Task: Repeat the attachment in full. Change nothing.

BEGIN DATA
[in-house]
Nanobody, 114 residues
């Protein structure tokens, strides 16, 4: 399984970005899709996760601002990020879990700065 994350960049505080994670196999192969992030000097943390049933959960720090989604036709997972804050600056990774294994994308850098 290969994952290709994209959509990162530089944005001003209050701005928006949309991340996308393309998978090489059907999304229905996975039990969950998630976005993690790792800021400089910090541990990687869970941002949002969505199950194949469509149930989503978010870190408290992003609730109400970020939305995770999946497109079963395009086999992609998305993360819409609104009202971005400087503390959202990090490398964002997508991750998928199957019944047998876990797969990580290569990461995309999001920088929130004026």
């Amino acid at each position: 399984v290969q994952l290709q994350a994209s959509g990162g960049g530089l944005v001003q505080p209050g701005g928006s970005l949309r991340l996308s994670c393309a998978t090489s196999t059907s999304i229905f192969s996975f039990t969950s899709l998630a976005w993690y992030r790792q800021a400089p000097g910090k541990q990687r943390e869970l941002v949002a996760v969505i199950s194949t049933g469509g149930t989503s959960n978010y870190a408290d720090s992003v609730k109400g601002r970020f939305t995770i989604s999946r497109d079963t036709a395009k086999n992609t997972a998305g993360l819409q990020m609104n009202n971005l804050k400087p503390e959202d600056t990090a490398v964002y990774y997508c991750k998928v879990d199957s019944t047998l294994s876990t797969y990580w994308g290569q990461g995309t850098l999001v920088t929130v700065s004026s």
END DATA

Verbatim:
[in-house]
Nanobody, 114 residues
């Protein structure tokens, strides 16, 4: 399984970005899709996760601002990020879990700065 994350960049505080994670196999192969992030000097943390049933959960720090989604036709997972804050600056990774294994994308850098 290969994952290709994209959509990162530089944005001003209050701005928006949309991340996308393309998978090489059907999304229905996975039990969950998630976005993690790792800021400089910090541990990687869970941002949002969505199950194949469509149930989503978010870190408290992003609730109400970020939305995770999946497109079963395009086999992609998305993360819409609104009202971005400087503390959202990090490398964002997508991750998928199957019944047998876990797969990580290569990461995309999001920088929130004026």
């Amino acid at each position: 399984v290969q994952l290709q994350a994209s959509g990162g960049g530089l944005v001003q505080p209050g701005g928006s970005l949309r991340l996308s994670c393309a998978t090489s196999t059907s999304i229905f192969s996975f039990t969950s899709l998630a976005w993690y992030r790792q800021a400089p000097g910090k541990q990687r943390e869970l941002v949002a996760v969505i199950s194949t049933g469509g149930t989503s959960n978010y870190a408290d720090s992003v609730k109400g601002r970020f939305t995770i989604s999946r497109d079963t036709a395009k086999n992609t997972a998305g993360l819409q990020m609104n009202n971005l804050k400087p503390e959202d600056t990090a490398v964002y990774y997508c991750k998928v879990d199957s019944t047998l294994s876990t797969y990580w994308g290569q990461g995309t850098l999001v920088t929130v700065s004026s």